This meeting convened by Good Food Finance Network, which will be held on 19 November 2021 between 13:00 and 15:00 CET is designed to kick-start a fruitful dialogue and collaboration between private and public banks to scale up finance for sustainable food systems. Our intention is that this event will mark the beginning of collaborative work to jointly formulate a roadmap and concrete solutions that will significantly contribute to financing a food transition that generates financial returns, is inclusive, environmentally friendly and respects basic human rights of access to nutritious and affordable food.
The development challenges coupled with the climate crisis, call for massive investments in climate-resilient and low-carbon food systems, which can guarantee food security and at the same time do not undermine the natural capital in the long run. Sustainable agricultural practices are more likely to generate long-term, positive financial returns compared to unsustainable practices that, with time, can lead to poor soil quality and lower yields, and increased vulnerability of producers to climatic shocks.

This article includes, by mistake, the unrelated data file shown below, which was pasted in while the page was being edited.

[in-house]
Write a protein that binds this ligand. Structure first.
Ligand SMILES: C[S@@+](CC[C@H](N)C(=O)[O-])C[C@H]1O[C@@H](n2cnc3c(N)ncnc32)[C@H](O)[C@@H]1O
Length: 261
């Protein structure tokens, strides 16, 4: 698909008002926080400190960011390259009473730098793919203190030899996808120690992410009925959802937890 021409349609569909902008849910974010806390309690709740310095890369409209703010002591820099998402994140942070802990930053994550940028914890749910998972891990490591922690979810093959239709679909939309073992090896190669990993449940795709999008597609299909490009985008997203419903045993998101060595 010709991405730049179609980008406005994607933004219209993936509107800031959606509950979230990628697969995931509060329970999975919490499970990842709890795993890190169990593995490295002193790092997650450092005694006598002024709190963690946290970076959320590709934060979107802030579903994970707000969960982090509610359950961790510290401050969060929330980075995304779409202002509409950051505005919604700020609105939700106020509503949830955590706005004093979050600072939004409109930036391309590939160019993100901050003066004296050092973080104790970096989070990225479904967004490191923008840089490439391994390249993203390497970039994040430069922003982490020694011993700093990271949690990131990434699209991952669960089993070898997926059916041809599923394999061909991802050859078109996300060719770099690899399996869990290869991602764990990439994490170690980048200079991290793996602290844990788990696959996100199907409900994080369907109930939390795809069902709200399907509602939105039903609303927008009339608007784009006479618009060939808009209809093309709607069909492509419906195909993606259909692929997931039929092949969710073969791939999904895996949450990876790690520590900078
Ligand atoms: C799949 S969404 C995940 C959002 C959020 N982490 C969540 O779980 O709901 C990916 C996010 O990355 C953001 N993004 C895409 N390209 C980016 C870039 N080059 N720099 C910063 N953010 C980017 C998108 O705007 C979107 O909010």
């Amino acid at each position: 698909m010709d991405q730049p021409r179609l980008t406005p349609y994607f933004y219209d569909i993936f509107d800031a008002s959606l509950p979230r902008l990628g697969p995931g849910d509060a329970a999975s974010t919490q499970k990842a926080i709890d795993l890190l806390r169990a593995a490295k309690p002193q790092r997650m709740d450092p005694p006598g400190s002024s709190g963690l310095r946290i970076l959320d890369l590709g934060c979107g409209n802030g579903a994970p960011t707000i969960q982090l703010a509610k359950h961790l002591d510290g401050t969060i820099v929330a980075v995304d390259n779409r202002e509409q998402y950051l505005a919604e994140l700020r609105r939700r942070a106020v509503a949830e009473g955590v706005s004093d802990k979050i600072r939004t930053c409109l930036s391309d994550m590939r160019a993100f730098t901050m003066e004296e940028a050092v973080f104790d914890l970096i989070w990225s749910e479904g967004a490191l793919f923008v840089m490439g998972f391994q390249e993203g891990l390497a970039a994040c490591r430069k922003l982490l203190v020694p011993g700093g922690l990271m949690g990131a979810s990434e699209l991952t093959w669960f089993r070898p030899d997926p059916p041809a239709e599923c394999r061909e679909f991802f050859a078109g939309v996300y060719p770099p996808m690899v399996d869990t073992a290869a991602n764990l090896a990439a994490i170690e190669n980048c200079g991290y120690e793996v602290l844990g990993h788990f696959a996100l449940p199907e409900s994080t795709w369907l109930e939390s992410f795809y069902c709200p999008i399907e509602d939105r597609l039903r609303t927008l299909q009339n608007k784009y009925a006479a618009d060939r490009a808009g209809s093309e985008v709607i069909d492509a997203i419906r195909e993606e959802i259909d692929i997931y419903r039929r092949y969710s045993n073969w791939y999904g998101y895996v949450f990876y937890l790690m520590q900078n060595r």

Nevertheless, agriculture is systemically underfunded in developing countries – disproportionately, relative to other sectors– and investments in sustainable, not business as usual agriculture are often perceived as particularly risky. Therefore, private investors are reluctant to increase exposure in this sector, while public development finance is too limited to finance the transition towards more sustainable food systems. In this context, de-risking through smart blended finance provides a pathway for scaling investment for food system transformation.
The UN Food Systems Summit and the COP26 in Glasgow have stressed how the development finance community needs to collaborate more with private financial institutions and investors to leverage limited public funding and increase investment. The PDBs “Platform for Green and Inclusive Food Systems” launched during the Finance in Common Summit in October ‘21 is a step in the right direction to scale up greener and more inclusive investments in agriculture and food systems.
This discussion paper provides the context and proposes an action plan, which will be discussed by the participants. Successful private-public partnerships also require that the finance and development community collaborate through multi-stakeholder working groups to develop a common understanding of sustainable food systems and to align on standardized and simplified environmental and social criteria built on sound scientific evidence. Discussions around this topic will also be encouraged during the event.